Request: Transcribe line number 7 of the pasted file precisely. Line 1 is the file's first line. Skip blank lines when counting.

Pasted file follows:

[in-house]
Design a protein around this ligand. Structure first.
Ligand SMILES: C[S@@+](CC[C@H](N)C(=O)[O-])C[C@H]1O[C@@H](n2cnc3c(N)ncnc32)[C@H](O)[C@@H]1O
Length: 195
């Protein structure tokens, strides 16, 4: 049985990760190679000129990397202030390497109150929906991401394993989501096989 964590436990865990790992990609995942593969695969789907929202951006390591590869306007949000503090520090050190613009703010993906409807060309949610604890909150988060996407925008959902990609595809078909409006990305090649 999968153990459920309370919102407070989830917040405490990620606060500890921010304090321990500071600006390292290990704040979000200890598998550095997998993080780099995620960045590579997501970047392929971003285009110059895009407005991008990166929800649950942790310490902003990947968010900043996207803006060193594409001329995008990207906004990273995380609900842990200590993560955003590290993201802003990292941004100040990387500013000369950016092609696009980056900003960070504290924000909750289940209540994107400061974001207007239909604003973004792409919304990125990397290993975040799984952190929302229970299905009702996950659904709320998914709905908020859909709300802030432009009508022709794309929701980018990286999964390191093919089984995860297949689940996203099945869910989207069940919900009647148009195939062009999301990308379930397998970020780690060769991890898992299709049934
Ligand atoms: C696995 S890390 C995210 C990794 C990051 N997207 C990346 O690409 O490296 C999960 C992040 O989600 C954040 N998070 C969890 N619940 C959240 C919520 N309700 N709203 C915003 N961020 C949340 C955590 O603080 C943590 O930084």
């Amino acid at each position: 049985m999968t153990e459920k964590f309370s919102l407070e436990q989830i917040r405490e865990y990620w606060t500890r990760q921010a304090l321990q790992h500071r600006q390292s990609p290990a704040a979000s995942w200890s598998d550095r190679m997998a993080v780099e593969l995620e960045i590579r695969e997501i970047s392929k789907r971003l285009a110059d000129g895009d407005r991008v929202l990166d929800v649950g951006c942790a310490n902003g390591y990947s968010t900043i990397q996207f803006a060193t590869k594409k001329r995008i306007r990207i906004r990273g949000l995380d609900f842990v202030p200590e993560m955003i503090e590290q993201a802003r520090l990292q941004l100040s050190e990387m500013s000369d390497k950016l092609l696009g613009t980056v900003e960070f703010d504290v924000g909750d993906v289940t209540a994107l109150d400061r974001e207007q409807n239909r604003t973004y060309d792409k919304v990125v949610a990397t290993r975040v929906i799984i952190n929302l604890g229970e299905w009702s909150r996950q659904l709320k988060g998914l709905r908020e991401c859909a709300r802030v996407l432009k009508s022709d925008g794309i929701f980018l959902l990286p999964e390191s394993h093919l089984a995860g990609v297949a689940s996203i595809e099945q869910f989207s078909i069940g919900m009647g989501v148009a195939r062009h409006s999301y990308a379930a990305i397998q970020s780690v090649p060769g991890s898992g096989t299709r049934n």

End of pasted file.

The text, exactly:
């Amino acid at each position: 049985m999968t153990e459920k964590f309370s919102l407070e436990q989830i917040r405490e865990y990620w606060t500890r990760q921010a304090l321990q790992h500071r600006q390292s990609p290990a704040a979000s995942w200890s598998d550095r190679m997998a993080v780099e593969l995620e960045i590579r695969e997501i970047s392929k789907r971003l285009a110059d000129g895009d407005r991008v929202l990166d929800v649950g951006c942790a310490n902003g390591y990947s968010t900043i990397q996207f803006a060193t590869k594409k001329r995008i306007r990207i906004r990273g949000l995380d609900f842990v202030p200590e993560m955003i503090e590290q993201a802003r520090l990292q941004l100040s050190e990387m500013s000369d390497k950016l092609l696009g613009t980056v900003e960070f703010d504290v924000g909750d993906v289940t209540a994107l109150d400061r974001e207007q409807n239909r604003t973004y060309d792409k919304v990125v949610a990397t290993r975040v929906i799984i952190n929302l604890g229970e299905w009702s909150r996950q659904l709320k988060g998914l709905r908020e991401c859909a709300r802030v996407l432009k009508s022709d925008g794309i929701f980018l959902l990286p999964e390191s394993h093919l089984a995860g990609v297949a689940s996203i595809e099945q869910f989207s078909i069940g919900m009647g989501v148009a195939r062009h409006s999301y990308a379930a990305i397998q970020s780690v090649p060769g991890s898992g096989t299709r049934n």